The site is linked to infant/toddler development course content that higher education institutions can use within their associate degree program. There are resources for others with key roles in early learning, including a coaching companion. This free online observation tool helps teachers, coaches, education managers and faculty develop individualized coaching plans through focused observations. Teachers can upload videos of their own practices and allow their administrators, coaches, trainers or faculty to view them and provide feedback.

Another exciting resource is a systems-based PD cost analysis tool. This tool assists system planners in understanding and budgeting for the costs associated with helping infant/toddler educators, as well as other early childhood professionals, gain degrees and credentials. The site offers model articulation agreements that highlight the different approaches to articulation, and provides essential perspectives about choices and strategies for developing strong articulation agreements.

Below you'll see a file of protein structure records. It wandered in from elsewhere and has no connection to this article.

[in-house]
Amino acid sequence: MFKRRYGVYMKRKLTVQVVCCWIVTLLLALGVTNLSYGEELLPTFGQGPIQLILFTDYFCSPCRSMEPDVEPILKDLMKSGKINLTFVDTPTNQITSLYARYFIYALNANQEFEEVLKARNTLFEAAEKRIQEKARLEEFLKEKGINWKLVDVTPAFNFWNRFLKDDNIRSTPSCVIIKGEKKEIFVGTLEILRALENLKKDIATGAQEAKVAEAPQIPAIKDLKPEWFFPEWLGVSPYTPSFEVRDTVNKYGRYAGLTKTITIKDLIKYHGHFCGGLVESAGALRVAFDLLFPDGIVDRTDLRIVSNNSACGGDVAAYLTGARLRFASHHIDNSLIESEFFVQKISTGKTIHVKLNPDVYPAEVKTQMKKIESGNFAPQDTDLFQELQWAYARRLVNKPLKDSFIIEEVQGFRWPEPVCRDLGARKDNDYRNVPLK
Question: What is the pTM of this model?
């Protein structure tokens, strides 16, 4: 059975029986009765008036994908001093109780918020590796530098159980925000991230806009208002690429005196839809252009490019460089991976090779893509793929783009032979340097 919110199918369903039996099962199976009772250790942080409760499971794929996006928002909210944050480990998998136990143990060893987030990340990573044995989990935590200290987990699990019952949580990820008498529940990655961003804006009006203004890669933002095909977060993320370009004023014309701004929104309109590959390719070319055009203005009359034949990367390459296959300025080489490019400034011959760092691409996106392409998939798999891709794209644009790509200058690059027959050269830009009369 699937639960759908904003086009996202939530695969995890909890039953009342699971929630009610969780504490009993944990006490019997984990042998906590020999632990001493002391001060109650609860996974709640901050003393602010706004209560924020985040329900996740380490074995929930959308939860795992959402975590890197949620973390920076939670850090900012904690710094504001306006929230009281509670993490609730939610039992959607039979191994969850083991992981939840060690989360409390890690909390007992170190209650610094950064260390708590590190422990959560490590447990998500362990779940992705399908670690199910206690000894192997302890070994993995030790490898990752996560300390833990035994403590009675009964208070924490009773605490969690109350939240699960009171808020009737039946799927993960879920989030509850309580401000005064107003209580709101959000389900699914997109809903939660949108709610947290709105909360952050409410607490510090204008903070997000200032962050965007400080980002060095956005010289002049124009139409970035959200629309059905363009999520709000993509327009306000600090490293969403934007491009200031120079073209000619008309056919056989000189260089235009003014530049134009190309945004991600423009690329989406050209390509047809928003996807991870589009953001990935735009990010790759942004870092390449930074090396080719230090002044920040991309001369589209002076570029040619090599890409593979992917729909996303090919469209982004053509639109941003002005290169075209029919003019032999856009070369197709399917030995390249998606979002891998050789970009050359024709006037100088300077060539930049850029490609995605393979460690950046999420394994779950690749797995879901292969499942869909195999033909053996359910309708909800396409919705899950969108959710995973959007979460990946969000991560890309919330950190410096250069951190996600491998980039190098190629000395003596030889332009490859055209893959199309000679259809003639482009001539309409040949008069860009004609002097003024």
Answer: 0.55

CORE Awards
Educational Attainment Fall 2015
The CORE Award checks will no longer be mailed to CORE recipients. All CORE Award applicants must have a savings or checking account, and submit a completed CORE Direct Deposit form to receive CORE Awards.
We are pleased to announce the Refer-A-Friend incentive that is available to early childhood professionals.
Information regarding the 2015 CORE Educational Attainment Award application, CORE Direct Deposit Form, and Refer-A-Friend incentive are available at .
Contact Information:
Syreeta Clarke, CORE Coordinator
(302) 764-1500 ext. 105

CLASP CCDBG Reauthorization and Implementation Resources